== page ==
“People make comparisons, that’s just the way things are — especially in this early stage, when we haven’t made an established name for ourselves yet.
“I mean, we’re not trying to make an original sound that nobody’s heard before, know what I mean?
“We’re just trying to make music that we like, and if the five of us like it, we kind of think the odds are that a sixth person will, too.”
The last six months of intensive touring has given the band a newfound confidence, says O’Rourke — something that was both audible and visible at the Irish album launch at Dublin’s Vicar Street venue in May.
“We played our first US shows last October, and even looking back at those shows, it seems like a different band,” she admits.
“Everything’s changed; the way we play, our attitude, everything. I think a little bit of naivety is gone, too; there’s a lot more realism amongst all of us, about how things really work, how tours actually go, how much hard work is actually required.
“Last night, we played a gig in New York and it was sold out; it’s weird, kind of surreal.
“You think, ‘Oh yeah, we played here less than 12 months ago to a halffull venue’. It’s hard to explain.”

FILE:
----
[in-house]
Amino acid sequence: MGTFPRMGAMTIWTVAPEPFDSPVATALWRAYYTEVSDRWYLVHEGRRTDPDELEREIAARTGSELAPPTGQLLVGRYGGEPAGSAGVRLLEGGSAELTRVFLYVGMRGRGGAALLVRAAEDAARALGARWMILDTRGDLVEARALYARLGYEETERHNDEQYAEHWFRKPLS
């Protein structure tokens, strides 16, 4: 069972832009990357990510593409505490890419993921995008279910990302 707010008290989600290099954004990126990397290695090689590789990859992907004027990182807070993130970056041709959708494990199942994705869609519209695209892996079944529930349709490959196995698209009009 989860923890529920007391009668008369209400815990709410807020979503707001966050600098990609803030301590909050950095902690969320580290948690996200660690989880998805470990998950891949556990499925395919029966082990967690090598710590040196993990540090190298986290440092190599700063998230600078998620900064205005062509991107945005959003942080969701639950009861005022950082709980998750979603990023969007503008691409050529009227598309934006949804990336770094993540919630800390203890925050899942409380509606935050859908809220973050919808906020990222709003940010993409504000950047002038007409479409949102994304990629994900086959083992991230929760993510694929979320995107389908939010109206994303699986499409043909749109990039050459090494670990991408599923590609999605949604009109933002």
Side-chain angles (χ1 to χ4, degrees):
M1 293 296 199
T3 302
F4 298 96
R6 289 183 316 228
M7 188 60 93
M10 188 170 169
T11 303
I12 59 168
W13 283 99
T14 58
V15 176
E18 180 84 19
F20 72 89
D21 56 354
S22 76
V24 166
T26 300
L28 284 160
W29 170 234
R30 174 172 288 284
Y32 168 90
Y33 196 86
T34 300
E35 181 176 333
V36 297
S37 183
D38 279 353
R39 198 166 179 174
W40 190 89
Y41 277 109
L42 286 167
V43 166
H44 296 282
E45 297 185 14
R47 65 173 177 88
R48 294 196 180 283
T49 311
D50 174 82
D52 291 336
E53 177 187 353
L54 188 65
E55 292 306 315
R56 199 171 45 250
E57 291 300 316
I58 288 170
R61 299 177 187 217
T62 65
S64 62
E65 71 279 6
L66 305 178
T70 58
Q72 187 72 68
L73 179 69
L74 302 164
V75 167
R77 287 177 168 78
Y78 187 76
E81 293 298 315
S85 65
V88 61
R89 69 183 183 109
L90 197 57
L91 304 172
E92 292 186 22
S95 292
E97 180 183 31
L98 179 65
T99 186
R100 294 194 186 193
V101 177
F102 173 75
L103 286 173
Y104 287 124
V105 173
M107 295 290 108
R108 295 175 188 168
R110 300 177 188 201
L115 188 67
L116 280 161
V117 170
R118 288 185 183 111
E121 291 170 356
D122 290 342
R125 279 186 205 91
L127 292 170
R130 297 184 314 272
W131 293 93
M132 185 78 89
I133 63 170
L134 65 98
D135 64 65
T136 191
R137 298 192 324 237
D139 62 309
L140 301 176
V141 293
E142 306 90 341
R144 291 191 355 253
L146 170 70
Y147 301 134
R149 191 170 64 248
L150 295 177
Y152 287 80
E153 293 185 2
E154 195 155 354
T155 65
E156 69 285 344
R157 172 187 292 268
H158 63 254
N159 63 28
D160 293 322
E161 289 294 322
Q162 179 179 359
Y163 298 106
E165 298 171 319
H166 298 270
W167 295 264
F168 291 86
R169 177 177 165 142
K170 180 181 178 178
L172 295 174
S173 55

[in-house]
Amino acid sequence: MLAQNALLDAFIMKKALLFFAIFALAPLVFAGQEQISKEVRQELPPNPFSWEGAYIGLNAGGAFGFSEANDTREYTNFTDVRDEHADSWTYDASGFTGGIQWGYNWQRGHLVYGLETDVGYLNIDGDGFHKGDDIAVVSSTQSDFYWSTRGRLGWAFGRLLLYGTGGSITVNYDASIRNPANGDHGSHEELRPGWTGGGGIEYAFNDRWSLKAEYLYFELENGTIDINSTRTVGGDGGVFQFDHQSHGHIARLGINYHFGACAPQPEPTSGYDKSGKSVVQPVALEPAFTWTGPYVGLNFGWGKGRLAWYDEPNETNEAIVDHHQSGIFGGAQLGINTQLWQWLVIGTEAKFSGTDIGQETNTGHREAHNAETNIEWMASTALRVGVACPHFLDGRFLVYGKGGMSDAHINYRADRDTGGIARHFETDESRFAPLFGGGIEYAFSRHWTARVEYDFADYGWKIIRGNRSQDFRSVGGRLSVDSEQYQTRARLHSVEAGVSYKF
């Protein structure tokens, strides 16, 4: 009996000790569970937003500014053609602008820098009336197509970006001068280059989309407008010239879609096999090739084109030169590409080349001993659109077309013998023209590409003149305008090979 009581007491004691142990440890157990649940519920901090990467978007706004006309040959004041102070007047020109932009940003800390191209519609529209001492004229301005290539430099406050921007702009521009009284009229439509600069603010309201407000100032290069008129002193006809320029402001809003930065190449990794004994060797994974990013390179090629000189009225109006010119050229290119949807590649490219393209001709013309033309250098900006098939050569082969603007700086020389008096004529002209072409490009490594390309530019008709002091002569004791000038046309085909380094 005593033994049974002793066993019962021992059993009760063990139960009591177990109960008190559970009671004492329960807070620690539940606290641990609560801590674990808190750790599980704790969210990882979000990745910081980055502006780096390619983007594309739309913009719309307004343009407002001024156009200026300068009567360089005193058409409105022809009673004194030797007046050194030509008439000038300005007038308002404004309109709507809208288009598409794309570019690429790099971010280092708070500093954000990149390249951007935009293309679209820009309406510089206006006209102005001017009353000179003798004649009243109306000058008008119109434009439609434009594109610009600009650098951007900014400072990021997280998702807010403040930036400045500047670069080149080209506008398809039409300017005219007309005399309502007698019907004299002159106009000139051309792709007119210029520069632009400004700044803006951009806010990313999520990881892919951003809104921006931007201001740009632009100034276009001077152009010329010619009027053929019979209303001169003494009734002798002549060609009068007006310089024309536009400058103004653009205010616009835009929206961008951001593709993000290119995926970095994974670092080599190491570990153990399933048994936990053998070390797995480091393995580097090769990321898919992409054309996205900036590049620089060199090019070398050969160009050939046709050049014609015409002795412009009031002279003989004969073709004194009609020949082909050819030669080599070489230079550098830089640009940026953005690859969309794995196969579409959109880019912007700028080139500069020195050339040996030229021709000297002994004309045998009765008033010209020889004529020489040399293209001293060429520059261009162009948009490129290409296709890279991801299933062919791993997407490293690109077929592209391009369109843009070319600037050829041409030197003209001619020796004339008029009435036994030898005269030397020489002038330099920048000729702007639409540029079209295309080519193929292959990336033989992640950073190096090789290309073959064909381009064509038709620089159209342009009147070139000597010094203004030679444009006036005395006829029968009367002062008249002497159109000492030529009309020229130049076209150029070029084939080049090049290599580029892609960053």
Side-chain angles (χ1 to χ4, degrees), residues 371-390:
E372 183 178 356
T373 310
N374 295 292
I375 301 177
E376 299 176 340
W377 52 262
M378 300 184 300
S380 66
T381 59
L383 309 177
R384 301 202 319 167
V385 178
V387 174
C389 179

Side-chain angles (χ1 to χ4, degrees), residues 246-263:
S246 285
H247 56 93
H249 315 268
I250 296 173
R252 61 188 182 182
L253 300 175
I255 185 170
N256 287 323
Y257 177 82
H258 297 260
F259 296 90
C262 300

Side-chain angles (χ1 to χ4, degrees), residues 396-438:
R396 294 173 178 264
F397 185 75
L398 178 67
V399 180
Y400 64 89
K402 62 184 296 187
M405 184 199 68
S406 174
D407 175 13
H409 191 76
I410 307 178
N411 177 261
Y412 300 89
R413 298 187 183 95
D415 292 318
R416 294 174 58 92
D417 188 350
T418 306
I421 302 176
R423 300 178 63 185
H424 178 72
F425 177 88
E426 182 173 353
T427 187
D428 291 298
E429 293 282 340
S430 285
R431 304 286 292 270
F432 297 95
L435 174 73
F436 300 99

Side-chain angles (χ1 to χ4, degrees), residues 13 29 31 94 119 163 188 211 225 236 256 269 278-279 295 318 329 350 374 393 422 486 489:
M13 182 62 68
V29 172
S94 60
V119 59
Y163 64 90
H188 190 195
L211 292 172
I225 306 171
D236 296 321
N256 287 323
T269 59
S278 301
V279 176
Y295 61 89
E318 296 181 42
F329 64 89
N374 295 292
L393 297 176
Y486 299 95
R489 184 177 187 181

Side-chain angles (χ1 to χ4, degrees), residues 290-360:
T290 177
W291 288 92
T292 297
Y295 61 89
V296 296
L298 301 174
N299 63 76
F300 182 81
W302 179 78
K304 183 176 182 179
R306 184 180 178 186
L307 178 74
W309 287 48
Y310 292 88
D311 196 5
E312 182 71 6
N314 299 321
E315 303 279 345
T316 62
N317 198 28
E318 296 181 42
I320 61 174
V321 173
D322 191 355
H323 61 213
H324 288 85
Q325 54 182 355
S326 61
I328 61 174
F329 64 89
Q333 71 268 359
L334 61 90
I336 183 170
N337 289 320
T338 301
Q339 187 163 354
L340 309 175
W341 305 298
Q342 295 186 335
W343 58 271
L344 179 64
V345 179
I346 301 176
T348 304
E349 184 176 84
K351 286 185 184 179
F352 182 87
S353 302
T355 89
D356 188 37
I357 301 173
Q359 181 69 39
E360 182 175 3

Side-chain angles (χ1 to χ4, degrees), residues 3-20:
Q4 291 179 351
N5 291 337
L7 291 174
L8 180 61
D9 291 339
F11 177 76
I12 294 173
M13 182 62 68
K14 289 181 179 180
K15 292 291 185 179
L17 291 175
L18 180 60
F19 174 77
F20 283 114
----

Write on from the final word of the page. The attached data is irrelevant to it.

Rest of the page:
So is the reality of being in a touring band what she had envisaged? “Y’know it’s funny, but I never really fantasised about it, funnily enough. I never thought about what it was gonna be like, so I didn’t have a clue. I’m quite pessimistic anyway, so I always think that some foreboding, ominous thing is going to happen,” she chuckles.
“The whole process of getting a record deal alone was the most soul-destroying, soul-freezing experience ever. There’s lots of things that you have to do that you sometimes feel are a bit sterile, or not real; the business side of things, I guess.
“But you’ve gotta do them to do the other stuff.”
It helps that you’re on such a crazy journey with the people you’ve grown up with, but being away from home so much — as well as being the only girl in the group — can be difficult at times, according to O’Rourke.
“I’m prone to loneliness and homesickness anyway, so it is tough, in that regard — especially when you’re the only girl,” she says.
“I like to think of myself as somebody who’s quite tough and doesn’t give a shit about things, but I’m actually the complete opposite. It’s tough keeping up with everybody, even in terms of simple things — like the guys will get up and they won’t need to eat because they’ve had a massive three-course dinner the night before, and I’ll be like, ‘I can’t eat that much food, and now I’m starving!’” she laughs.
“I hate flying, too; we got off a plane last week, and I couldn’t hear for two days, my ears were f****d. So physically, I’m not really built for touring.
“But then yesterday when we drove over the bridge coming into New York, I actually got really overwhelmed by how amazing it was.